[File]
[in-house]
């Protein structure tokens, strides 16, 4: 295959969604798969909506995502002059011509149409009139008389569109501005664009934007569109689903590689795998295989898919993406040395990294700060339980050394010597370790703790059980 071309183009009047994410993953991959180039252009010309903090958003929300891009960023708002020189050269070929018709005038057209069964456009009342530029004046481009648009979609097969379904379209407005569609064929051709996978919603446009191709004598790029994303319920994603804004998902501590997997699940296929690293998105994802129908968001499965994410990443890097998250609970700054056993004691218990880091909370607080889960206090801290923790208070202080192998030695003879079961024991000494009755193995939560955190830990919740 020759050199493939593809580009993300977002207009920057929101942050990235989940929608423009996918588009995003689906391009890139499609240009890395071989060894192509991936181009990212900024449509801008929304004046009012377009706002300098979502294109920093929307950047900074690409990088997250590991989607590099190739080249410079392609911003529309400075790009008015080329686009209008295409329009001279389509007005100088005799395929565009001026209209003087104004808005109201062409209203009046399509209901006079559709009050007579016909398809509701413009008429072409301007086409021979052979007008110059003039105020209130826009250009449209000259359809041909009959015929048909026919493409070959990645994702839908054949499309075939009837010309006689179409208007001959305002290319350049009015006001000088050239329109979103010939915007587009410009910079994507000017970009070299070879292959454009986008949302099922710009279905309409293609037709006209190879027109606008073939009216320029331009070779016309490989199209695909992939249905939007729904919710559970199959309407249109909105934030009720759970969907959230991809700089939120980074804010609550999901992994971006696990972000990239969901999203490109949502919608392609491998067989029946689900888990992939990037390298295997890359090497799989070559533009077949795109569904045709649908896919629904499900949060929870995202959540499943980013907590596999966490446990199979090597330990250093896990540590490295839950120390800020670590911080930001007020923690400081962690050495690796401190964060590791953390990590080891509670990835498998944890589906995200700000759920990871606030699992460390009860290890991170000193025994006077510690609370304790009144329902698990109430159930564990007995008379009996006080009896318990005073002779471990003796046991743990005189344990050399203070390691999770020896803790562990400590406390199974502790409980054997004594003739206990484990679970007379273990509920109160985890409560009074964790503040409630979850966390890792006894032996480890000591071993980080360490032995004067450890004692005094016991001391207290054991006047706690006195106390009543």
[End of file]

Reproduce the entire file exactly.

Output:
[in-house]
């Protein structure tokens, strides 16, 4: 295959969604798969909506995502002059011509149409009139008389569109501005664009934007569109689903590689795998295989898919993406040395990294700060339980050394010597370790703790059980 071309183009009047994410993953991959180039252009010309903090958003929300891009960023708002020189050269070929018709005038057209069964456009009342530029004046481009648009979609097969379904379209407005569609064929051709996978919603446009191709004598790029994303319920994603804004998902501590997997699940296929690293998105994802129908968001499965994410990443890097998250609970700054056993004691218990880091909370607080889960206090801290923790208070202080192998030695003879079961024991000494009755193995939560955190830990919740 020759050199493939593809580009993300977002207009920057929101942050990235989940929608423009996918588009995003689906391009890139499609240009890395071989060894192509991936181009990212900024449509801008929304004046009012377009706002300098979502294109920093929307950047900074690409990088997250590991989607590099190739080249410079392609911003529309400075790009008015080329686009209008295409329009001279389509007005100088005799395929565009001026209209003087104004808005109201062409209203009046399509209901006079559709009050007579016909398809509701413009008429072409301007086409021979052979007008110059003039105020209130826009250009449209000259359809041909009959015929048909026919493409070959990645994702839908054949499309075939009837010309006689179409208007001959305002290319350049009015006001000088050239329109979103010939915007587009410009910079994507000017970009070299070879292959454009986008949302099922710009279905309409293609037709006209190879027109606008073939009216320029331009070779016309490989199209695909992939249905939007729904919710559970199959309407249109909105934030009720759970969907959230991809700089939120980074804010609550999901992994971006696990972000990239969901999203490109949502919608392609491998067989029946689900888990992939990037390298295997890359090497799989070559533009077949795109569904045709649908896919629904499900949060929870995202959540499943980013907590596999966490446990199979090597330990250093896990540590490295839950120390800020670590911080930001007020923690400081962690050495690796401190964060590791953390990590080891509670990835498998944890589906995200700000759920990871606030699992460390009860290890991170000193025994006077510690609370304790009144329902698990109430159930564990007995008379009996006080009896318990005073002779471990003796046991743990005189344990050399203070390691999770020896803790562990400590406390199974502790409980054997004594003739206990484990679970007379273990509920109160985890409560009074964790503040409630979850966390890792006894032996480890000591071993980080360490032995004067450890004692005094016991001391207290054991006047706690006195106390009543």